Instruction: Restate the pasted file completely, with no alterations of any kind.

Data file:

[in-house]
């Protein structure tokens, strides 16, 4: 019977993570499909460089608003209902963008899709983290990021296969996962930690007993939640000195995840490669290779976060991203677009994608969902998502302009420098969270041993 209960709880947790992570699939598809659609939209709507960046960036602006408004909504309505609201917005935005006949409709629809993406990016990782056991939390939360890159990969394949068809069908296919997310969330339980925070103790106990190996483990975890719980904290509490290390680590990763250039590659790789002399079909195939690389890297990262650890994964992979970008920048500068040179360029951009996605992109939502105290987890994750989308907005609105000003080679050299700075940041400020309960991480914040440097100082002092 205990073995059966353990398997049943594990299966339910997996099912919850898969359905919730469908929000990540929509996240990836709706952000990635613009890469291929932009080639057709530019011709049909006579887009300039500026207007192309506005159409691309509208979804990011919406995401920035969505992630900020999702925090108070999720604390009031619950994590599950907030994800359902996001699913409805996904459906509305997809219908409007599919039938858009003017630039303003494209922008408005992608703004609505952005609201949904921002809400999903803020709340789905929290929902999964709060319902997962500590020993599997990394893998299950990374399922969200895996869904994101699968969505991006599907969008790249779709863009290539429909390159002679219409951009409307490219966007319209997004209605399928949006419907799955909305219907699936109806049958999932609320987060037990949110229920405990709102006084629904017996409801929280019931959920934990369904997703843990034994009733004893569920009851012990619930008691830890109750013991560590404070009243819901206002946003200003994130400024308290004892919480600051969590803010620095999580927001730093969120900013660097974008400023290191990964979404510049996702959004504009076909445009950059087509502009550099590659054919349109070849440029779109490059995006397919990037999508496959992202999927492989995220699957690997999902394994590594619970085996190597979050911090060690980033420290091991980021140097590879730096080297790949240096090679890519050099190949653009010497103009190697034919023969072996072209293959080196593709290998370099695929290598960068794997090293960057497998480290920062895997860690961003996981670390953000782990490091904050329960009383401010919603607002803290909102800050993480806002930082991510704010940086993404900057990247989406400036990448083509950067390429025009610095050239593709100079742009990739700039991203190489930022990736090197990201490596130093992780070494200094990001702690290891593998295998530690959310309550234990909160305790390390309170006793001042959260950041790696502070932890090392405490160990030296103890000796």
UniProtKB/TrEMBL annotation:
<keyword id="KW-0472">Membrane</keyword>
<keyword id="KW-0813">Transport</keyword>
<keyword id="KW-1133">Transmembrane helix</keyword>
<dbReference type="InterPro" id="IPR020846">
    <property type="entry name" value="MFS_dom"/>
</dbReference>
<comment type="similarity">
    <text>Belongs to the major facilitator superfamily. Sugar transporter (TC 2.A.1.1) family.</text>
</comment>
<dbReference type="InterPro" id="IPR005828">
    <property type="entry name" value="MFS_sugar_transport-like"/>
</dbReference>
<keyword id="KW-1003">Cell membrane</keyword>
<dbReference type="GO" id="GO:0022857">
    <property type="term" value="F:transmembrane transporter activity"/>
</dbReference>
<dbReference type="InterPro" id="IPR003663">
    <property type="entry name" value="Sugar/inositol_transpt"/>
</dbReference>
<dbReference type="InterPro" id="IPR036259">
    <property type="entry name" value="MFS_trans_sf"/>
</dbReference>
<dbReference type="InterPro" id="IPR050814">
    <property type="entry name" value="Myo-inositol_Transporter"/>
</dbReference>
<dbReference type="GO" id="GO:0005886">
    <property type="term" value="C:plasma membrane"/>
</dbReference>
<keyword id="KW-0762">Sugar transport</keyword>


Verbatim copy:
[in-house]
């Protein structure tokens, strides 16, 4: 019977993570499909460089608003209902963008899709983290990021296969996962930690007993939640000195995840490669290779976060991203677009994608969902998502302009420098969270041993 209960709880947790992570699939598809659609939209709507960046960036602006408004909504309505609201917005935005006949409709629809993406990016990782056991939390939360890159990969394949068809069908296919997310969330339980925070103790106990190996483990975890719980904290509490290390680590990763250039590659790789002399079909195939690389890297990262650890994964992979970008920048500068040179360029951009996605992109939502105290987890994750989308907005609105000003080679050299700075940041400020309960991480914040440097100082002092 205990073995059966353990398997049943594990299966339910997996099912919850898969359905919730469908929000990540929509996240990836709706952000990635613009890469291929932009080639057709530019011709049909006579887009300039500026207007192309506005159409691309509208979804990011919406995401920035969505992630900020999702925090108070999720604390009031619950994590599950907030994800359902996001699913409805996904459906509305997809219908409007599919039938858009003017630039303003494209922008408005992608703004609505952005609201949904921002809400999903803020709340789905929290929902999964709060319902997962500590020993599997990394893998299950990374399922969200895996869904994101699968969505991006599907969008790249779709863009290539429909390159002679219409951009409307490219966007319209997004209605399928949006419907799955909305219907699936109806049958999932609320987060037990949110229920405990709102006084629904017996409801929280019931959920934990369904997703843990034994009733004893569920009851012990619930008691830890109750013991560590404070009243819901206002946003200003994130400024308290004892919480600051969590803010620095999580927001730093969120900013660097974008400023290191990964979404510049996702959004504009076909445009950059087509502009550099590659054919349109070849440029779109490059995006397919990037999508496959992202999927492989995220699957690997999902394994590594619970085996190597979050911090060690980033420290091991980021140097590879730096080297790949240096090679890519050099190949653009010497103009190697034919023969072996072209293959080196593709290998370099695929290598960068794997090293960057497998480290920062895997860690961003996981670390953000782990490091904050329960009383401010919603607002803290909102800050993480806002930082991510704010940086993404900057990247989406400036990448083509950067390429025009610095050239593709100079742009990739700039991203190489930022990736090197990201490596130093992780070494200094990001702690290891593998295998530690959310309550234990909160305790390390309170006793001042959260950041790696502070932890090392405490160990030296103890000796």
UniProtKB/TrEMBL annotation:
<keyword id="KW-0472">Membrane</keyword>
<keyword id="KW-0813">Transport</keyword>
<keyword id="KW-1133">Transmembrane helix</keyword>
<dbReference type="InterPro" id="IPR020846">
    <property type="entry name" value="MFS_dom"/>
</dbReference>
<comment type="similarity">
    <text>Belongs to the major facilitator superfamily. Sugar transporter (TC 2.A.1.1) family.</text>
</comment>
<dbReference type="InterPro" id="IPR005828">
    <property type="entry name" value="MFS_sugar_transport-like"/>
</dbReference>
<keyword id="KW-1003">Cell membrane</keyword>
<dbReference type="GO" id="GO:0022857">
    <property type="term" value="F:transmembrane transporter activity"/>
</dbReference>
<dbReference type="InterPro" id="IPR003663">
    <property type="entry name" value="Sugar/inositol_transpt"/>
</dbReference>
<dbReference type="InterPro" id="IPR036259">
    <property type="entry name" value="MFS_trans_sf"/>
</dbReference>
<dbReference type="InterPro" id="IPR050814">
    <property type="entry name" value="Myo-inositol_Transporter"/>
</dbReference>
<dbReference type="GO" id="GO:0005886">
    <property type="term" value="C:plasma membrane"/>
</dbReference>
<keyword id="KW-0762">Sugar transport</keyword>